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US natural resources and climate change: concepts and approaches for management adaptation

Jordan M. West, Susan H. Julius, Peter Kareiva, Carolyn Enquist, Joshua J. Lawler, Brian Petersen, Ayana E. Johnson, M. R. Shaw

Public lands and waters in the United States traditionally have been managed using frameworks and objectives that were established under an implicit assumption of stable climatic conditions. However, projected climatic changes render this assumption invalid. Here, we summarize general principles for management adaptations that have emerged from a major literature review. These general principles cover many topics including: (1) how to assess climate impacts to ecosystem processes that are key to management goals; (2) using management practices to support ecosystem resilience; (3) converting barriers that may inhibit management responses into opportunities for successful implementation; and (4) promoting flexible decision making that takes into account challenges of scale and thresholds. To date, the literature on management adaptations to climate change has mostly focused on strategies for bolstering the resilience of ecosystems to persist in their current states. Yet in the longer term, it is anticipated that climate change will push certain ecosystems and species beyond their capacity to recover. When managing to support resilience becomes infeasible, adaptation may require more than simply changing management practices—it may require changing management goals and managing transitions to new ecosystem states. After transitions have occurred, management will again support resilience—this time for a new ecosystem state. Thus, successful management of natural resources in the context of climate change will require recognition on the part of managers and decisions makers of the need to cycle between “managing for resilience” and “managing for change.”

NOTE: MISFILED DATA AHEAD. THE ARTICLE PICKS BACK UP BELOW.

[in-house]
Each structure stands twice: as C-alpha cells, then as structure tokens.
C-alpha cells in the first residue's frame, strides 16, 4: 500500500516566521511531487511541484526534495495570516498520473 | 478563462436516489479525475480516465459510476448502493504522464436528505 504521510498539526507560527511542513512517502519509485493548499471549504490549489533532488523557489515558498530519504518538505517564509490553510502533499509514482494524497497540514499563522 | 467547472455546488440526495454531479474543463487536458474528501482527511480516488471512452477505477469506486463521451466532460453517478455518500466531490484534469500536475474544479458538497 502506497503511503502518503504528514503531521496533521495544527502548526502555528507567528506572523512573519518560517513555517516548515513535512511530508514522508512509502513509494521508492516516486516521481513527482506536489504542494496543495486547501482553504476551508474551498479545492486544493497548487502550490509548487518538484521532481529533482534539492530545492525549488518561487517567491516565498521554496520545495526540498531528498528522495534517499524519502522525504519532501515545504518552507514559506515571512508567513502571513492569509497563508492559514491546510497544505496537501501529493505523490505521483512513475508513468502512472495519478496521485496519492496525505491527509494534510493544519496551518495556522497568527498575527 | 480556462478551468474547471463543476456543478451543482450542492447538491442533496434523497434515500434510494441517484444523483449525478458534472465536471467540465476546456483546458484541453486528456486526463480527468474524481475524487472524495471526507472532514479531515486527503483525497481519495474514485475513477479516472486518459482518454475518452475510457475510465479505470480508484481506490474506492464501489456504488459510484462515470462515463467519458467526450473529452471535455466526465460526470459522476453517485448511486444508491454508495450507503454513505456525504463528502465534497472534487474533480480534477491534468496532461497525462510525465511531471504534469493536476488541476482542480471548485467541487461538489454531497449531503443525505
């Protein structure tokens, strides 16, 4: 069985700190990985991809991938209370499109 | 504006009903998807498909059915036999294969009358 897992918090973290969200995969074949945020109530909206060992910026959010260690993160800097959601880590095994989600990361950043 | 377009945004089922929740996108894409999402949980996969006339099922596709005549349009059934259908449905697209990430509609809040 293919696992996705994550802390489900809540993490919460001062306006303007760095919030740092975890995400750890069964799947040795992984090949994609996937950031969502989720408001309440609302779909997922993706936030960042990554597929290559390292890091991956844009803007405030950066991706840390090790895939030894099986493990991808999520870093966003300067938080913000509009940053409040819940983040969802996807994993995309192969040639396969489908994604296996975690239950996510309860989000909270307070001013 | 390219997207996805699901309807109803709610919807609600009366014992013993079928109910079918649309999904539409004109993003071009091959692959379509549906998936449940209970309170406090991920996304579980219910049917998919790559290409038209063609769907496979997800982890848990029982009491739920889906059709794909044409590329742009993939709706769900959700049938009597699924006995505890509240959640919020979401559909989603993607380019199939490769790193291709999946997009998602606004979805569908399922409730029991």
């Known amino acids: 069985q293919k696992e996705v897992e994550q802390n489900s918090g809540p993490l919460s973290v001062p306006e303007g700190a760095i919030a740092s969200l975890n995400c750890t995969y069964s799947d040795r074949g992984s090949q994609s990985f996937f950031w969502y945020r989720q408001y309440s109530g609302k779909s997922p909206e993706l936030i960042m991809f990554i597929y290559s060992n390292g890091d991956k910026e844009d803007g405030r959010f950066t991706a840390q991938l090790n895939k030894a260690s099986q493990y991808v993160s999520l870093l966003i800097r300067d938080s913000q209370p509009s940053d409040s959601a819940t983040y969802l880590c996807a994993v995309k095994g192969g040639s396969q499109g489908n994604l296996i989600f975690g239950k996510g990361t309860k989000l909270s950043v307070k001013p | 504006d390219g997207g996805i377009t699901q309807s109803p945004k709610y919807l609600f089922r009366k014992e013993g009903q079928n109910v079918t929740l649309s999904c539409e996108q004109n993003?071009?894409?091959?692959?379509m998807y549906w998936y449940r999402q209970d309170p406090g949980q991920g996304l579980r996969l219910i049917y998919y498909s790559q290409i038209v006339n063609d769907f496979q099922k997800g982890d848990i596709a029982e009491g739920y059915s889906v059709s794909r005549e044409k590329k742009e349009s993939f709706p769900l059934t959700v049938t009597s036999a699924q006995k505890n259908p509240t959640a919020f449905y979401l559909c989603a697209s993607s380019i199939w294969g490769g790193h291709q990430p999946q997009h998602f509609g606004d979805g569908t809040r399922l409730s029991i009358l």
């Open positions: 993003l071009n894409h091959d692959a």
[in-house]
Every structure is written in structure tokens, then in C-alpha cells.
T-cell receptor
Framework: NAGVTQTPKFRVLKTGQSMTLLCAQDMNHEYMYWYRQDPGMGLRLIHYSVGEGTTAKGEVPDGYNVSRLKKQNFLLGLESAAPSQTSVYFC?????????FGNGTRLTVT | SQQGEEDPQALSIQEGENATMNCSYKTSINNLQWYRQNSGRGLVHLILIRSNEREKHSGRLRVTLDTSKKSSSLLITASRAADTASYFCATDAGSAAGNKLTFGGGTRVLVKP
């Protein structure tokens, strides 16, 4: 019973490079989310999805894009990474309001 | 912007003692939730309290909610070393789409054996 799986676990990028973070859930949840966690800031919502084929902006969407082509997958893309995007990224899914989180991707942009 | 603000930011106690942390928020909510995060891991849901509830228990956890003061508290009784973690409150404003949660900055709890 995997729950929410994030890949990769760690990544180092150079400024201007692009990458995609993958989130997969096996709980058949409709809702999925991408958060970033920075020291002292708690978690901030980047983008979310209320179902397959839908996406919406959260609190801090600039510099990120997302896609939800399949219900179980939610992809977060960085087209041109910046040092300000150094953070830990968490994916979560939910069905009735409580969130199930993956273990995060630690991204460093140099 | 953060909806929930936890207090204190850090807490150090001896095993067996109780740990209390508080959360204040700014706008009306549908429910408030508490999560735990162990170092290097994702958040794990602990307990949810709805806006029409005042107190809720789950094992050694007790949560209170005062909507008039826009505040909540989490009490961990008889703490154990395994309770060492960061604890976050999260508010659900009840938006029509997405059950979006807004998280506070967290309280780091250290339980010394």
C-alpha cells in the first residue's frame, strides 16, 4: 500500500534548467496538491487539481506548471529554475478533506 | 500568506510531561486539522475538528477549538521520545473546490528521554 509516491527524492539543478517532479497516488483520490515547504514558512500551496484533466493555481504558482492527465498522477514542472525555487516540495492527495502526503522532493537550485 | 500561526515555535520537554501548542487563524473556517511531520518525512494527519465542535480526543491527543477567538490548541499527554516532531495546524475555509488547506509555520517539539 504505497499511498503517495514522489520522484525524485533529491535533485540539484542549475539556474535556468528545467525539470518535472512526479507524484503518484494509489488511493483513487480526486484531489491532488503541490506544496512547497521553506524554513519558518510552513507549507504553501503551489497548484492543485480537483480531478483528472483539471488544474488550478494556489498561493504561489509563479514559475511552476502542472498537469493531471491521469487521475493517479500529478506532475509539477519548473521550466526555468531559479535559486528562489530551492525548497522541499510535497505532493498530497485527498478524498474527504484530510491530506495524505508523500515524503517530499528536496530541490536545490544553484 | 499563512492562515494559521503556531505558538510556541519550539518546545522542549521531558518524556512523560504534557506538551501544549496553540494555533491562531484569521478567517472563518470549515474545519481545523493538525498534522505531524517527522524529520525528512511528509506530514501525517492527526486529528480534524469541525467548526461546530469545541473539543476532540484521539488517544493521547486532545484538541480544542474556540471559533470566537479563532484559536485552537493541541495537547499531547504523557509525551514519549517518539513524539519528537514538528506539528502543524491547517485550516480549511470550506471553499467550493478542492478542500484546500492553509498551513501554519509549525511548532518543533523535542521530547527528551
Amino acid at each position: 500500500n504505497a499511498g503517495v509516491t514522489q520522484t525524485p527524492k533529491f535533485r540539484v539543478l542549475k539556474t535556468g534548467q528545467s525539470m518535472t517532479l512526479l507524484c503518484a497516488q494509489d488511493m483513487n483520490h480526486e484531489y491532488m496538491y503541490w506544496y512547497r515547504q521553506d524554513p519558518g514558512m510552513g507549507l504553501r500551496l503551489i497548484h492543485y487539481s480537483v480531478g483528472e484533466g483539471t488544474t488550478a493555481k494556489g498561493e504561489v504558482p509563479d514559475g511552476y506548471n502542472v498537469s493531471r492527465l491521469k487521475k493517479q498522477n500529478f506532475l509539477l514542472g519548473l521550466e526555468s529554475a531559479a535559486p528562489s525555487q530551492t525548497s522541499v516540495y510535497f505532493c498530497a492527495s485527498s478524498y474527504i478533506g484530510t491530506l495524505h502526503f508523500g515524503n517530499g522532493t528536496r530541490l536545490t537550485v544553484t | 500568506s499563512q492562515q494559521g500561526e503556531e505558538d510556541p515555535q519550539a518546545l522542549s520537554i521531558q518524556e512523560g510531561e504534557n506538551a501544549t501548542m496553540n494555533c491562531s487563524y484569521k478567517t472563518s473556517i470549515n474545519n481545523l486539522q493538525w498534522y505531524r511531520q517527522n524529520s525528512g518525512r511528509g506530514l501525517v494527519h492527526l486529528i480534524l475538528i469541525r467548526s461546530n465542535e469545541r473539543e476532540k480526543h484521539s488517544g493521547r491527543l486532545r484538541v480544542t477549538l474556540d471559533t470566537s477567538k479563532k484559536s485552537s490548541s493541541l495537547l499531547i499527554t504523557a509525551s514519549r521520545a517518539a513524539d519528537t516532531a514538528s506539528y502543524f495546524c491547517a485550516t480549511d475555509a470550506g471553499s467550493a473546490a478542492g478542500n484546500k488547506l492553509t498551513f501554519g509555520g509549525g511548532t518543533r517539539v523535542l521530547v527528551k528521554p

Environmental Management, Vol. 44, No. 6. (2009), pp. 1001-1021, https://doi.org/10.1007/s00267-009-9345-1 
Key: INRMM:5321751

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